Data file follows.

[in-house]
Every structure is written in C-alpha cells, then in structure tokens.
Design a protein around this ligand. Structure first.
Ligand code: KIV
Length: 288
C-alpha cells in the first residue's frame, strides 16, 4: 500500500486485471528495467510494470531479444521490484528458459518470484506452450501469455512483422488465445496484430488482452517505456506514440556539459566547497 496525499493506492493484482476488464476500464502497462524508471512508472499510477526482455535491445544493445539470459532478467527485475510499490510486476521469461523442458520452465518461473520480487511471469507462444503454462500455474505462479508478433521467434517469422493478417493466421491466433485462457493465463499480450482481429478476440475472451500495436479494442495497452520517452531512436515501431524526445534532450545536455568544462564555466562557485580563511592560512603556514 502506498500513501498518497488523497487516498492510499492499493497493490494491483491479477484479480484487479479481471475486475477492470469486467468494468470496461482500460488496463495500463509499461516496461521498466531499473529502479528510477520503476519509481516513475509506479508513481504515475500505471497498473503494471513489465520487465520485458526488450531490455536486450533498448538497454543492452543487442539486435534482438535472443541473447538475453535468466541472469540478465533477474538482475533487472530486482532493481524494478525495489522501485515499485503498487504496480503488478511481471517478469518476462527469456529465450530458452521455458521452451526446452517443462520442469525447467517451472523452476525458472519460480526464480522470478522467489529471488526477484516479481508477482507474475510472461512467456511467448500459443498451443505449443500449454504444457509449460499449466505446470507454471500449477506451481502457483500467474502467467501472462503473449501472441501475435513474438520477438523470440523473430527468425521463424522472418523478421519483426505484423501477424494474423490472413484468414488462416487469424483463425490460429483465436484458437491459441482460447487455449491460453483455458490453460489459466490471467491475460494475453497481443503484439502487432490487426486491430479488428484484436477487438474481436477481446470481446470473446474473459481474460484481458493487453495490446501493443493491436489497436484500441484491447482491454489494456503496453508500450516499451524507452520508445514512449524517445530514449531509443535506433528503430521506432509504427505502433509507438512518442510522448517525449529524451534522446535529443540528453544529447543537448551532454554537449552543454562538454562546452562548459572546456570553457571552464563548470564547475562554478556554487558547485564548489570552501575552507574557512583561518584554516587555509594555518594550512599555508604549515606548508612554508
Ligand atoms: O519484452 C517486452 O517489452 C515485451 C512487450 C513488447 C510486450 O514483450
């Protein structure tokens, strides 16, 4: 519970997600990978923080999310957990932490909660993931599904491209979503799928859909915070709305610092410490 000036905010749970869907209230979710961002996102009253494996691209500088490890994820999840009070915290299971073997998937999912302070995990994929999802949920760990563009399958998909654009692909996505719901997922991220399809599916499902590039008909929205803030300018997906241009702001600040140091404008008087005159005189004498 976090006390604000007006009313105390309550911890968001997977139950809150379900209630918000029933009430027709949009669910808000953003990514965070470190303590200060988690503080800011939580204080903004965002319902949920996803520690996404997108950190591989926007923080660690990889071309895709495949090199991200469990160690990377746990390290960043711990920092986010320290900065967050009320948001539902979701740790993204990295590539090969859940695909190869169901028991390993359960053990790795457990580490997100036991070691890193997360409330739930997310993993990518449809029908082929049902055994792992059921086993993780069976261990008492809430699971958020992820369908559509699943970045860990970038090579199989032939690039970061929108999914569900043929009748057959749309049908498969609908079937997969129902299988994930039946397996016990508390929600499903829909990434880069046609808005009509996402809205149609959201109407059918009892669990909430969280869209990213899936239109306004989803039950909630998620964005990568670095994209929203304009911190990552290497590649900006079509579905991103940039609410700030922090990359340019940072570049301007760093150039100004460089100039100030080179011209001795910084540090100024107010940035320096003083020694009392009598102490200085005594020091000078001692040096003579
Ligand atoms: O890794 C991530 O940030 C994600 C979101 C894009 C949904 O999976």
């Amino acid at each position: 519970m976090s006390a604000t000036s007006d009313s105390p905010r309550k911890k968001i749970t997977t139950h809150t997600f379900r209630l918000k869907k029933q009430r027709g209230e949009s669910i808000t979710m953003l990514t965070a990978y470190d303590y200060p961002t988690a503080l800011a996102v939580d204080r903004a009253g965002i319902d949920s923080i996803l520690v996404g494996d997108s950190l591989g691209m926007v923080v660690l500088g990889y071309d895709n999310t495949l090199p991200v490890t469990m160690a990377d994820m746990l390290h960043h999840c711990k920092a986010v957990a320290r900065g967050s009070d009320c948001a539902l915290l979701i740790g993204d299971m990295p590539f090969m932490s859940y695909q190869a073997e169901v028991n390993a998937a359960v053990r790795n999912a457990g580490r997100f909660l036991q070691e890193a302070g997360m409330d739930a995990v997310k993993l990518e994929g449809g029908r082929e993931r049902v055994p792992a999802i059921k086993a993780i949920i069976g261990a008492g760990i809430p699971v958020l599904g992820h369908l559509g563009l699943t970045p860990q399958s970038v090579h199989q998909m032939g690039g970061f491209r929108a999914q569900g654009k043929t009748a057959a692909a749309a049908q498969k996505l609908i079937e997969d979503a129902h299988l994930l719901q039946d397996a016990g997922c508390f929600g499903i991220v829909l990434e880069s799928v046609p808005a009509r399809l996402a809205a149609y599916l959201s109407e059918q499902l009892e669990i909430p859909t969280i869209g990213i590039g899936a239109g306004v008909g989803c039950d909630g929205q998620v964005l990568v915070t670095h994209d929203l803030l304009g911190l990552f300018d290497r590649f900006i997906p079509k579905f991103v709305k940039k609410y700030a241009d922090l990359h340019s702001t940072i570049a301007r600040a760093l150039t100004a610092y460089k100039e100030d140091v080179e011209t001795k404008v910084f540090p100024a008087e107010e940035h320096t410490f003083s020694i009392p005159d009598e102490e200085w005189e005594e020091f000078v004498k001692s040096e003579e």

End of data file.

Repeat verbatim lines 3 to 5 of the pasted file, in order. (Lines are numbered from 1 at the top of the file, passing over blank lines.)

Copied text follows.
Design a protein around this ligand. Structure first.
Ligand code: KIV
Length: 288